National Geographic : 1970 Mar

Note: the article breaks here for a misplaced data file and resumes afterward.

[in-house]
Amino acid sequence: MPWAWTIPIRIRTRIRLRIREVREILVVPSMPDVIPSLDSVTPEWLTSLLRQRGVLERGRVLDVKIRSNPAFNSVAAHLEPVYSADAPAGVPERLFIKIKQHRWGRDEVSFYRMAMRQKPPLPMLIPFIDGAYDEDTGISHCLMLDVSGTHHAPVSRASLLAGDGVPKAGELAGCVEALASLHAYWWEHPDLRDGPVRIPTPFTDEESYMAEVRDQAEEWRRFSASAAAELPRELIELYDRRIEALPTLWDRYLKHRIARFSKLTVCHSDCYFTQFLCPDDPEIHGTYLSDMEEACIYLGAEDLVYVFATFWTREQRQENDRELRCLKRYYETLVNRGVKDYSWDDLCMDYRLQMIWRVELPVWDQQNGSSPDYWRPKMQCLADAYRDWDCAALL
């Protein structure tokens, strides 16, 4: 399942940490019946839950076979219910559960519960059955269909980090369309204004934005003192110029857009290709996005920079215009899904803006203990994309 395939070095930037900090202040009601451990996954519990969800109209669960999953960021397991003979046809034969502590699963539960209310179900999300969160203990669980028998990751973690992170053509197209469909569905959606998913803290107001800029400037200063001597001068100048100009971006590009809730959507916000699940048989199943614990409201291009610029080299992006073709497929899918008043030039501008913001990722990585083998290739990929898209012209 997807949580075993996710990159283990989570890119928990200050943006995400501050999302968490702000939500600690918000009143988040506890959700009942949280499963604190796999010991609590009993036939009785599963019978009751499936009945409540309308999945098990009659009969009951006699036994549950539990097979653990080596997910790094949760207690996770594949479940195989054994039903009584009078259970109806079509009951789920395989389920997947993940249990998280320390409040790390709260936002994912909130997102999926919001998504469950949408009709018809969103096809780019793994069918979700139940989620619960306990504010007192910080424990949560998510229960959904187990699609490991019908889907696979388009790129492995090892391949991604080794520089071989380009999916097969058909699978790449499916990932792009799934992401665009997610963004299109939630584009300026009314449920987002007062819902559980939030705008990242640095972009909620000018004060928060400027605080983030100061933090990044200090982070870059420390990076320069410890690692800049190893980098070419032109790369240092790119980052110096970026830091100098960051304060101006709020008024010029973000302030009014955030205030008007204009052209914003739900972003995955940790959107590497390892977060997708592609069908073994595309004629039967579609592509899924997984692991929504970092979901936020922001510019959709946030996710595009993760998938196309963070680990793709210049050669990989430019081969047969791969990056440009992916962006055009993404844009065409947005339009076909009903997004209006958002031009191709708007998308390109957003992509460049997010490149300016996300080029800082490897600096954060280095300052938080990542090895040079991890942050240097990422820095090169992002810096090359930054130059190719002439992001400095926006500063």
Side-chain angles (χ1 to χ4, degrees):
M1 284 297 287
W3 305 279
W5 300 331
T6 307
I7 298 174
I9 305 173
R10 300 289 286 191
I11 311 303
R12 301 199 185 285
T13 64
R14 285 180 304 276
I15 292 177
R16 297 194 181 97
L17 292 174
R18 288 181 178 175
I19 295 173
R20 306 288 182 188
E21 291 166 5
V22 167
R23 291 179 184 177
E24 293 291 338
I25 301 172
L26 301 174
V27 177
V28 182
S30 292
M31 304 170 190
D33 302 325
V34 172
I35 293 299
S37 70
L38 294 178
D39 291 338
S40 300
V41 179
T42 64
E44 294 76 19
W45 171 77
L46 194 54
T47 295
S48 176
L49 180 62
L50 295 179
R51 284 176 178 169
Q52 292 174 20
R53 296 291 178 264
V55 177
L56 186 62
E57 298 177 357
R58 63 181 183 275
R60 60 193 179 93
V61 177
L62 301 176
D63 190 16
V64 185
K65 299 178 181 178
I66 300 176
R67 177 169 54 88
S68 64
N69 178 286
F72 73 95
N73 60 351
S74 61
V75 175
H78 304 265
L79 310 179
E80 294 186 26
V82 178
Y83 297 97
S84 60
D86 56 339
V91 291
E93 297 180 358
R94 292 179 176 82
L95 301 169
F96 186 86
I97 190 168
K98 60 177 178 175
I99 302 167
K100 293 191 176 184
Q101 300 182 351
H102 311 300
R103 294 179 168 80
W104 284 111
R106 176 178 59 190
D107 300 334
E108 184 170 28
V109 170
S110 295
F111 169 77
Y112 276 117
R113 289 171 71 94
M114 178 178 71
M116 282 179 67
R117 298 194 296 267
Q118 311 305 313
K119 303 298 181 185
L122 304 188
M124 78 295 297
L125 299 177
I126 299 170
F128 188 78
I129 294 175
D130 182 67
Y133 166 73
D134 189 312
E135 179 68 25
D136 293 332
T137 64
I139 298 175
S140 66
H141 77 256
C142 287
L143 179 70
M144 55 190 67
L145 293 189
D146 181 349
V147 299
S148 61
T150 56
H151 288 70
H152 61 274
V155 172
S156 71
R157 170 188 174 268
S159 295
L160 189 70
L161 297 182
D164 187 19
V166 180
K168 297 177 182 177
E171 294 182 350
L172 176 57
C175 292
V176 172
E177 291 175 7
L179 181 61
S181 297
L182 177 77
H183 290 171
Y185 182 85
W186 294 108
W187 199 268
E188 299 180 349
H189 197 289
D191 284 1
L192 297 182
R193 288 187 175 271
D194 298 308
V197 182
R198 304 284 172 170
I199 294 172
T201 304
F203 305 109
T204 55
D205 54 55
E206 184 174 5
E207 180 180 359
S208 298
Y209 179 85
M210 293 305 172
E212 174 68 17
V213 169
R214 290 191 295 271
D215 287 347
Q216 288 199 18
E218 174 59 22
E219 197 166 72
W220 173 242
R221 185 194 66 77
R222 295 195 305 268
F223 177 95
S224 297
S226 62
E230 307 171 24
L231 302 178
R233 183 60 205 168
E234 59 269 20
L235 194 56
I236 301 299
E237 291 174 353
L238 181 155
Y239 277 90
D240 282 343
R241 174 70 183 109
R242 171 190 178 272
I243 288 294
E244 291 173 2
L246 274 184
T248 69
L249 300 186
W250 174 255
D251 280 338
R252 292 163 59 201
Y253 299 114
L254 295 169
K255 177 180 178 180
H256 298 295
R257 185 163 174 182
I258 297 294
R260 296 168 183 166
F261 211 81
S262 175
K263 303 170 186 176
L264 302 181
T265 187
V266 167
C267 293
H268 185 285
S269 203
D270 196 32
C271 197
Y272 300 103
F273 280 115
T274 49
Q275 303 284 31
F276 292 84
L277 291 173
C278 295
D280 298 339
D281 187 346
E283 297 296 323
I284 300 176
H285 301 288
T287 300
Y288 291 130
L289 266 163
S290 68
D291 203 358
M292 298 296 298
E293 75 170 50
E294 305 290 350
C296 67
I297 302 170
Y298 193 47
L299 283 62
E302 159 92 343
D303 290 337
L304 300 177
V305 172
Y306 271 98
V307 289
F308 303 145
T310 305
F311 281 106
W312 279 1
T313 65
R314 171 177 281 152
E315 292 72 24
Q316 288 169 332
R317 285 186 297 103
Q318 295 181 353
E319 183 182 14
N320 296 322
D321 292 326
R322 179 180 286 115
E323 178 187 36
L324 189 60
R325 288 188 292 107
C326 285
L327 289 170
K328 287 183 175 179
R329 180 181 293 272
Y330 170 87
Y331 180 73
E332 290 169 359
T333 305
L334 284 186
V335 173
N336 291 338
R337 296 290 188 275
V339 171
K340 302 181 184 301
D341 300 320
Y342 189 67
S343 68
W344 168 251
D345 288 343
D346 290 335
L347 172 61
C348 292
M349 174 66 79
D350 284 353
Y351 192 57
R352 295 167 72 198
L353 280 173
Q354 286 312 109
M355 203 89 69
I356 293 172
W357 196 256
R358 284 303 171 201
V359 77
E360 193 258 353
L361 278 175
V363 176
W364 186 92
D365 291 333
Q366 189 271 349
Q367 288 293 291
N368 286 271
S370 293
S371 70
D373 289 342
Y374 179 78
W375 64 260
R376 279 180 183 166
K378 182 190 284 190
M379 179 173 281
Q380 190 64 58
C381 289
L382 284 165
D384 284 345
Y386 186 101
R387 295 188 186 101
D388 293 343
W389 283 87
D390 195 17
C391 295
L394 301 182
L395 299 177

Manhattan Makes the Historic Northwest Passage By BERN KEATING Photographs by TOMAS SENNETT CREWMEN CALLED IT A BAPTISM, and indeed it was with hard water. On September 2, 1969, the newly modified S.S. Manhattan, largest icebreaking vessel ever built, turned her huge armored prow toward Baffin Island, into the teeth of the notorious pack ice that has doomed so many ships. All off-watch hands crowded the rails as we entered the pack. By the rule that five to seven times as much ice lies below the surface as above, we estimated the floes ahead as at least fourteen feet thick. The massive Manhattan-aremarkable vessel that had been con verted from a tanker to an icebreaker research ship-bit into the first floe with her Viking bow of steel. It cracked off a half-acre chunk. Tilting it aside with a roaring cascade of green water, the Manhattan sailed on without a quiver. Smashing Straight Into a Mile of Ice As the blocks ahead grew larger, Capt. Roger A. Steward poured on more speed. Gigantic floes cracked and heaved before our charge, huge fragments roaring and plunging as they spun away from our sides. Now we bore down on a massive sheet of ice sixty feet thick and a mile across. The captain called for 10 knots. "They'd better slow down, or they'll punch a hole in her," said U. S. Coast Guard Capt. F. S. Goettel. A veteran of ice patrols near Greenland, he was one of the liaison officers aboard from the United States and Canadian icebreaking services. We gripped the deck rail hard and awaited the shock. The armored bow struck, and a plume of salt spray shot sixty feet into the air. Chunks of ice as big as bulls' heads soared in wide arcs like mortar shells. There was a deafening explosion as the great floe shattered; blocks the size of bungalows turned over and scraped along the ship with agonizing shrieks. Incredibly, the Manhattan trembled less than a city sidewalk when a loaded truck passes. Martti Saarikangas, design engineer of Finland's largest ice breaker shipyard, pointed to the shattered floe grinding by. "This ship," he said, "just broke thicker ice than any ship in history. But before you start planning parties in Alaska, remember that an isolated floe-even a huge one like this-is child's play compared to pack ice under heavy wind pressure. When we get to the western reaches of the Canadian archipelago-that'll be the test." 374 Brief captive in a vise of ice, the United States tanker Manhattanlies locked in the Northwest Passage above the Arctic Circle. Her bow nudges a deceptive "melt pond" -ice that softened into a puddle, then refroze to resemble open water. Mere specks beside the 1,005-foot ship, scientists study the ice pack on foot. Astern, the Canadian icebreaker John A. Macdonald batters her way up to free the tanker. Converted into an icebreaker, Manhattan embarked last summer on one of the epic challenges of all time: to blaze a commercial shipping lane across the top of North America to rich Alaskan oil fields. Doggedly butting her way through, she realized a dream of centuries and joined history's maritime immortals. KODACHROME © N.G.S.